BY: Citizens Count
On Thursday the state House of Representatives will vote on whether to require labels on food with genetically modified organisms (GMOs).
The majority of the Environment and Agriculture Committee voted against the bill. That majority noted that GMOs have been used for more than thirty years and are deemed safe by many scientific organizations, such as the American Medical Association. However, labeling would increase costs for food manufacturers, grocers, and farmers.
Seven committee members support the bill, HB 1674.
"This bill is fundamentally about the right to know," Rep. Peter Bixby wrote on behalf of that minority in the committee. "...The Jew who follows the law of Kilayim, separation of species, established in Leviticus, has a right to know if species have been mixed in his food. The person with digestive disorders who wants to be extra cautious with her food has a right to know. The person who is not convinced the federal government has done its due diligence in safety testing has a right to know and is justified in that doubt."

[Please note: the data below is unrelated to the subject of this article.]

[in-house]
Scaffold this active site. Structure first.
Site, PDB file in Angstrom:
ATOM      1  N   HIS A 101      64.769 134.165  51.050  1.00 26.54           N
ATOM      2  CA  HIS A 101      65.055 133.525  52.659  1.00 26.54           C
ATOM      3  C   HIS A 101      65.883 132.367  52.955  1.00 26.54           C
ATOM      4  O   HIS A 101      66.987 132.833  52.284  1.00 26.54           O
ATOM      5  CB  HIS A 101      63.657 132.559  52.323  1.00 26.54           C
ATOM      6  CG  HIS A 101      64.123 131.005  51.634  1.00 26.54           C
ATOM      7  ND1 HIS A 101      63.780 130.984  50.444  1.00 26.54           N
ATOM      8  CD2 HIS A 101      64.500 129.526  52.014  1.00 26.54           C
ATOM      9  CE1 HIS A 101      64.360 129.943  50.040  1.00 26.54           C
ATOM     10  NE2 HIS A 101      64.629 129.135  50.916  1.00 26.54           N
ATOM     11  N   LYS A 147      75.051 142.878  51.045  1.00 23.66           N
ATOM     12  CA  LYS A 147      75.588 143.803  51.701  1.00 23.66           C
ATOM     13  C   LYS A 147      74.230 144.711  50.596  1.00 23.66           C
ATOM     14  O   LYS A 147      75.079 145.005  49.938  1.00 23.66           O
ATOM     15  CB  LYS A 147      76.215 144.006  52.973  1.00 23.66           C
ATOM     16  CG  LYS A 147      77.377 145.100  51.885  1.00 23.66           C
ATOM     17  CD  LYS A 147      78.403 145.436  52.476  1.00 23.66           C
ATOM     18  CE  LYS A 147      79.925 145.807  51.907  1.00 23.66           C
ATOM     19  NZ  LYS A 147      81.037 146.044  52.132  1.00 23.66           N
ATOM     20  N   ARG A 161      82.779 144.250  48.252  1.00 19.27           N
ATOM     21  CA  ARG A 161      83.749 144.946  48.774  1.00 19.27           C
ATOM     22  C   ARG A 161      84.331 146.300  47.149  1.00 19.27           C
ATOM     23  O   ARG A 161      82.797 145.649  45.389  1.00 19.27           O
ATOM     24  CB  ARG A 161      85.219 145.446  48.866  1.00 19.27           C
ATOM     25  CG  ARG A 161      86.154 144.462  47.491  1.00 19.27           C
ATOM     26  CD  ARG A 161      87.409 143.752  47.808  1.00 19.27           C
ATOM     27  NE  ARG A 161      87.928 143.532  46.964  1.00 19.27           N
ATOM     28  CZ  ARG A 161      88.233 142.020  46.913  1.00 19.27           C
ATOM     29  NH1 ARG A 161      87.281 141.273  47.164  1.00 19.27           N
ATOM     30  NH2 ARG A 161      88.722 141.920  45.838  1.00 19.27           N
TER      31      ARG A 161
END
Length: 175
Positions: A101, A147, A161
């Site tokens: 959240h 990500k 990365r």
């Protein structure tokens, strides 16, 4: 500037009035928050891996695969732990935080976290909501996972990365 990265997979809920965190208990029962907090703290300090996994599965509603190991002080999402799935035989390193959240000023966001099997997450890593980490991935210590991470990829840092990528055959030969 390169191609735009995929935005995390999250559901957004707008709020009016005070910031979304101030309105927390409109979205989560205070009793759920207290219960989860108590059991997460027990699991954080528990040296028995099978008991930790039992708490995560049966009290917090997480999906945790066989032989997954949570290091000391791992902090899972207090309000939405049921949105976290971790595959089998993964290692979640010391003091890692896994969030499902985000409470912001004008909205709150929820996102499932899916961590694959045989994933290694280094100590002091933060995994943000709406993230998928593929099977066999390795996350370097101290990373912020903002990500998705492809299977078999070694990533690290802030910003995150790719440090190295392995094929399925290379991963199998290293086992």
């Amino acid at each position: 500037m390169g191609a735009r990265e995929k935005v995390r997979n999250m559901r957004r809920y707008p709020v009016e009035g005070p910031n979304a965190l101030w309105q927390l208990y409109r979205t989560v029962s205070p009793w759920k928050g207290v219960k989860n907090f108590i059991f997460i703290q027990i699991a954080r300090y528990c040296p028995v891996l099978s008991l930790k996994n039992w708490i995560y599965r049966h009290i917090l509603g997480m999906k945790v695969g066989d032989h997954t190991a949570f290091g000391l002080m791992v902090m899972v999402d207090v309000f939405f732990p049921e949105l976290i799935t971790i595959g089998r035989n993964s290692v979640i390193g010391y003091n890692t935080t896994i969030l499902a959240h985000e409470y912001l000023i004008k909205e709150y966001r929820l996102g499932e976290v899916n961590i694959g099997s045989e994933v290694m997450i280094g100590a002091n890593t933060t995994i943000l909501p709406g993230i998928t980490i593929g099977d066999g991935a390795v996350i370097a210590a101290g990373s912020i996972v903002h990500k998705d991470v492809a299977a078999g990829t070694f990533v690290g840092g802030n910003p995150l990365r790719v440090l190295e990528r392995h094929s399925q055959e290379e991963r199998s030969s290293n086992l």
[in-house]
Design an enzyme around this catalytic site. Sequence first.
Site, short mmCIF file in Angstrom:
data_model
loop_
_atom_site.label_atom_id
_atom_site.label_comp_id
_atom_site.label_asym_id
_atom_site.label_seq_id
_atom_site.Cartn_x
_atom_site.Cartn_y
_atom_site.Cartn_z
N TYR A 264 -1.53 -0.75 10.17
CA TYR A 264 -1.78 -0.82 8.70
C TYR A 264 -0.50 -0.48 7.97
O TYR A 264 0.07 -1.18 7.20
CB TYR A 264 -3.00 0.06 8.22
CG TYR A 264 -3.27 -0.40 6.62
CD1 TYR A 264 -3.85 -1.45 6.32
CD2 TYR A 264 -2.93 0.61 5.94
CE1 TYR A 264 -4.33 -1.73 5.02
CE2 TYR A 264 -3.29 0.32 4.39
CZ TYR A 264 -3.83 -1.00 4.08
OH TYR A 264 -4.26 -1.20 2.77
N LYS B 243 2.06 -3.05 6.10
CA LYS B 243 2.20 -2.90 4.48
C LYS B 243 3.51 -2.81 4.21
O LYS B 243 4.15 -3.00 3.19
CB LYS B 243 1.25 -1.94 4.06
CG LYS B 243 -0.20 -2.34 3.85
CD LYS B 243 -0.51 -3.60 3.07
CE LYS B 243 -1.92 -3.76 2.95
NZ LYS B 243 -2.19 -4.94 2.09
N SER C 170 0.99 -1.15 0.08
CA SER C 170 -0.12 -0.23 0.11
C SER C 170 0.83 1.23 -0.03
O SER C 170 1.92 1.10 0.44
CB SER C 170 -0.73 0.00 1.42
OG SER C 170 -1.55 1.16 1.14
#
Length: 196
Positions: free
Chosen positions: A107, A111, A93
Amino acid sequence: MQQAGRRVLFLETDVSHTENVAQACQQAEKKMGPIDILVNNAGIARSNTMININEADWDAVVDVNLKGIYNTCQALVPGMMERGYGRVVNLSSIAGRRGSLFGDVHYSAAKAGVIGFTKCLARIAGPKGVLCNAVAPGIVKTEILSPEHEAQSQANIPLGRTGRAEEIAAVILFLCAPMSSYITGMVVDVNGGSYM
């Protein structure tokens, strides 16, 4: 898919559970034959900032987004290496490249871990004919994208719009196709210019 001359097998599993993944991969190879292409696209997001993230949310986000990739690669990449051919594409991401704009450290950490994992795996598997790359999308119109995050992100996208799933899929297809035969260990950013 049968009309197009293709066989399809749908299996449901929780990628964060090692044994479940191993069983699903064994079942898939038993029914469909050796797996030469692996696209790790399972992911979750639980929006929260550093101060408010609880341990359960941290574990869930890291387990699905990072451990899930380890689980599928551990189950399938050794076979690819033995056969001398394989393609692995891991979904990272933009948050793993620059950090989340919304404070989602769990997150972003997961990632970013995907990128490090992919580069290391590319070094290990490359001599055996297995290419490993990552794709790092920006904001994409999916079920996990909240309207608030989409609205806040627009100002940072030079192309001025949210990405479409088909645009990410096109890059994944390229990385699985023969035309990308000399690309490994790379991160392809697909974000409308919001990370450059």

HB 1674 would only go into effect one year after Vermont's GMO labeling law goes into effect. Vermont law will require GMO labeling starting July 1, but the law is facing challenges at the state and national level.
UPDATE: Read our Citizen Voices℠ report and find out where New Hampshire stands on this issue.